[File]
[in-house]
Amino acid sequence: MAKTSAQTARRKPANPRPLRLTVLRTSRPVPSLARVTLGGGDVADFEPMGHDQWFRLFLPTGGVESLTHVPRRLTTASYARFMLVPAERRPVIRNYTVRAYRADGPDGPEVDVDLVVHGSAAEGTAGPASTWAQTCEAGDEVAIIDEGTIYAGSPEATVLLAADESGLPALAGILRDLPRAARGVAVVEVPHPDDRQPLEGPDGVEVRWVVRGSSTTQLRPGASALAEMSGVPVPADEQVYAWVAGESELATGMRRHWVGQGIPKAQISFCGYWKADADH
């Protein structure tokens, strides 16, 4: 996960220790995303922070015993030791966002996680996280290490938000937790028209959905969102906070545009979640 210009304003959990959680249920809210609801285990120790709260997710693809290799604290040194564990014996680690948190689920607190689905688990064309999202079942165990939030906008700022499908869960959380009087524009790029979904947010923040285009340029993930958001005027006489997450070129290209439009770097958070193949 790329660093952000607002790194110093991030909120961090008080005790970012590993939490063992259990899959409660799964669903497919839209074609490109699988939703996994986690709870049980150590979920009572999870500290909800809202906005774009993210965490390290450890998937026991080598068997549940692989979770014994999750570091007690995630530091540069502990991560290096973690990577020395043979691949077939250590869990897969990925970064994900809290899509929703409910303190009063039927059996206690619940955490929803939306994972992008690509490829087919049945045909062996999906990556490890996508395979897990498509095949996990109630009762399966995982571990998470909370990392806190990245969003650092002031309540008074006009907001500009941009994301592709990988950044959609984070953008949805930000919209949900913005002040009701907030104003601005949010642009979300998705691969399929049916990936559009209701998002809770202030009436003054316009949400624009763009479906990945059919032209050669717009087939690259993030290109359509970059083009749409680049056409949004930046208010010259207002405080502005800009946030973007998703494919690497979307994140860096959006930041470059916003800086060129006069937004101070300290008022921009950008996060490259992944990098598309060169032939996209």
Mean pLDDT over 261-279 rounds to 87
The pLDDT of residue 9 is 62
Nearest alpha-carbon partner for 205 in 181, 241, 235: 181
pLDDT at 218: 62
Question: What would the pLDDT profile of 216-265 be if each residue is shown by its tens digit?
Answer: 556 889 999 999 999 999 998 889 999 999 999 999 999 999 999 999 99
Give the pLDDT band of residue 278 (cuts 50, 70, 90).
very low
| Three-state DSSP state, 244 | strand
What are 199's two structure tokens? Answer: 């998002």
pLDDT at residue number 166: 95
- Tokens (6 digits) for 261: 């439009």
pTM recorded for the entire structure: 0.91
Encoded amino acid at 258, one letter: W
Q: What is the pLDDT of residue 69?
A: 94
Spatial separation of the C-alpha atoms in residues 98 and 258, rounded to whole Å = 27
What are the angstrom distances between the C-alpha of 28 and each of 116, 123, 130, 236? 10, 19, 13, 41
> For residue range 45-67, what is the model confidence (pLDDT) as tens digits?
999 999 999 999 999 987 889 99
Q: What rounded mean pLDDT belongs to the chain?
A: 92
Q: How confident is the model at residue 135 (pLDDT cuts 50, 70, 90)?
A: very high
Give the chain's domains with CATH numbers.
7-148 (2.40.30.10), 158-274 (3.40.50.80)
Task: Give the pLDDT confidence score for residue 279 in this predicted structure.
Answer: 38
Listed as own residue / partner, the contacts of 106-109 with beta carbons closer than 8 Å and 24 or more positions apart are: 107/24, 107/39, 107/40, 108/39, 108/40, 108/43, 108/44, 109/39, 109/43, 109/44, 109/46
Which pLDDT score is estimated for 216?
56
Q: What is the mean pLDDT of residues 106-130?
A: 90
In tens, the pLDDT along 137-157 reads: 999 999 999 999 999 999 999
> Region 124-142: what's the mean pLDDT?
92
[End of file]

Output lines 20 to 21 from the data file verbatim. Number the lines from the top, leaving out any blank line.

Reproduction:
Spatial separation of the C-alpha atoms in residues 98 and 258, rounded to whole Å = 27
What are the angstrom distances between the C-alpha of 28 and each of 116, 123, 130, 236? 10, 19, 13, 41